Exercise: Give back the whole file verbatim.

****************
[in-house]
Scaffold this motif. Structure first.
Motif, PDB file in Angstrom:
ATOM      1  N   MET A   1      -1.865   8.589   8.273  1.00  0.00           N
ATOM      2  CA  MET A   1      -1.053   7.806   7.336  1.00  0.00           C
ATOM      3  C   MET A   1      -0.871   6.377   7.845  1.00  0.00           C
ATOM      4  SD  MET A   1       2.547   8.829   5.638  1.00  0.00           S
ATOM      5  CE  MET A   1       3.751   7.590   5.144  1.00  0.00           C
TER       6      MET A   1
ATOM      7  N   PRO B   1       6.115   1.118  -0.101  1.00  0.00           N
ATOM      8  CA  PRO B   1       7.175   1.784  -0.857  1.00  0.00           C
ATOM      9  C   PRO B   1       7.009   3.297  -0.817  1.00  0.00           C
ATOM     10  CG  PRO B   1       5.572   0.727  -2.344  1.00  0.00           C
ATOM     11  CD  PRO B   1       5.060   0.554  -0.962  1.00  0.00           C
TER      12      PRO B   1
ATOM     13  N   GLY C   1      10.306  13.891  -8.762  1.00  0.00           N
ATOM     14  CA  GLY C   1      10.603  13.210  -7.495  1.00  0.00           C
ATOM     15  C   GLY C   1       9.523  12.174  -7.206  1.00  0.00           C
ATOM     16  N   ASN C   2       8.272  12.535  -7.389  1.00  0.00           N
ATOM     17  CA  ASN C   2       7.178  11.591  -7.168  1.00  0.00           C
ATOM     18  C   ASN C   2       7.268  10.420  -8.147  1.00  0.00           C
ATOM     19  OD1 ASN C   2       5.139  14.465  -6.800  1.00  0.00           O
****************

[in-house]
Scaffold this motif. Structure first.
Motif, PDB file in Angstrom:
ATOM      1  N   MET A   1      -1.865   8.589   8.273  1.00  0.00           N
ATOM      2  CA  MET A   1      -1.053   7.806   7.336  1.00  0.00           C
ATOM      3  C   MET A   1      -0.871   6.377   7.845  1.00  0.00           C
ATOM      4  SD  MET A   1       2.547   8.829   5.638  1.00  0.00           S
ATOM      5  CE  MET A   1       3.751   7.590   5.144  1.00  0.00           C
TER       6      MET A   1
ATOM      7  N   PRO B   1       6.115   1.118  -0.101  1.00  0.00           N
ATOM      8  CA  PRO B   1       7.175   1.784  -0.857  1.00  0.00           C
ATOM      9  C   PRO B   1       7.009   3.297  -0.817  1.00  0.00           C
ATOM     10  CG  PRO B   1       5.572   0.727  -2.344  1.00  0.00           C
ATOM     11  CD  PRO B   1       5.060   0.554  -0.962  1.00  0.00           C
TER      12      PRO B   1
ATOM     13  N   GLY C   1      10.306  13.891  -8.762  1.00  0.00           N
ATOM     14  CA  GLY C   1      10.603  13.210  -7.495  1.00  0.00           C
ATOM     15  C   GLY C   1       9.523  12.174  -7.206  1.00  0.00           C
ATOM     16  N   ASN C   2       8.272  12.535  -7.389  1.00  0.00           N
ATOM     17  CA  ASN C   2       7.178  11.591  -7.168  1.00  0.00           C
ATOM     18  C   ASN C   2       7.268  10.420  -8.147  1.00  0.00           C
ATOM     19  OD1 ASN C   2       5.139  14.465  -6.800  1.00  0.00           O